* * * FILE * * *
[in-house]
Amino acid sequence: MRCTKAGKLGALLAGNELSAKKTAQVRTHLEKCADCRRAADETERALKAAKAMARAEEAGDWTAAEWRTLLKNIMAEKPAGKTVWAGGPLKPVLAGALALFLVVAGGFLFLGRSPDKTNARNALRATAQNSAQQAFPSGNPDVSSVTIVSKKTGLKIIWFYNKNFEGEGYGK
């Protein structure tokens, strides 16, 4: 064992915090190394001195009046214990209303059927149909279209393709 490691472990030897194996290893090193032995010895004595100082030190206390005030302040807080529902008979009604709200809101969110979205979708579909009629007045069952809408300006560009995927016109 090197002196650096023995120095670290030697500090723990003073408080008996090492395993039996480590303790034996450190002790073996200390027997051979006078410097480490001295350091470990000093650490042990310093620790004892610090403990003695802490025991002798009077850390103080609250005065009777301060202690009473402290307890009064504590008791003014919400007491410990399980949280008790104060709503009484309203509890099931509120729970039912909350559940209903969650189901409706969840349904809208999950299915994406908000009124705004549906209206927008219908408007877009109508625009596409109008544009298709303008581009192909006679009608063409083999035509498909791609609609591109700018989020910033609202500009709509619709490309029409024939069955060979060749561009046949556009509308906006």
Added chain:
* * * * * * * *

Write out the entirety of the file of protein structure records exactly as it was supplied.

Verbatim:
[in-house]
Amino acid sequence: MRCTKAGKLGALLAGNELSAKKTAQVRTHLEKCADCRRAADETERALKAAKAMARAEEAGDWTAAEWRTLLKNIMAEKPAGKTVWAGGPLKPVLAGALALFLVVAGGFLFLGRSPDKTNARNALRATAQNSAQQAFPSGNPDVSSVTIVSKKTGLKIIWFYNKNFEGEGYGK
């Protein structure tokens, strides 16, 4: 064992915090190394001195009046214990209303059927149909279209393709 490691472990030897194996290893090193032995010895004595100082030190206390005030302040807080529902008979009604709200809101969110979205979708579909009629007045069952809408300006560009995927016109 090197002196650096023995120095670290030697500090723990003073408080008996090492395993039996480590303790034996450190002790073996200390027997051979006078410097480490001295350091470990000093650490042990310093620790004892610090403990003695802490025991002798009077850390103080609250005065009777301060202690009473402290307890009064504590008791003014919400007491410990399980949280008790104060709503009484309203509890099931509120729970039912909350559940209903969650189901409706969840349904809208999950299915994406908000009124705004549906209206927008219908408007877009109508625009596409109008544009298709303008581009192909006679009608063409083999035509498909791609609609591109700018989020910033609202500009709509619709490309029409024939069955060979060749561009046949556009509308906006």
Added chain: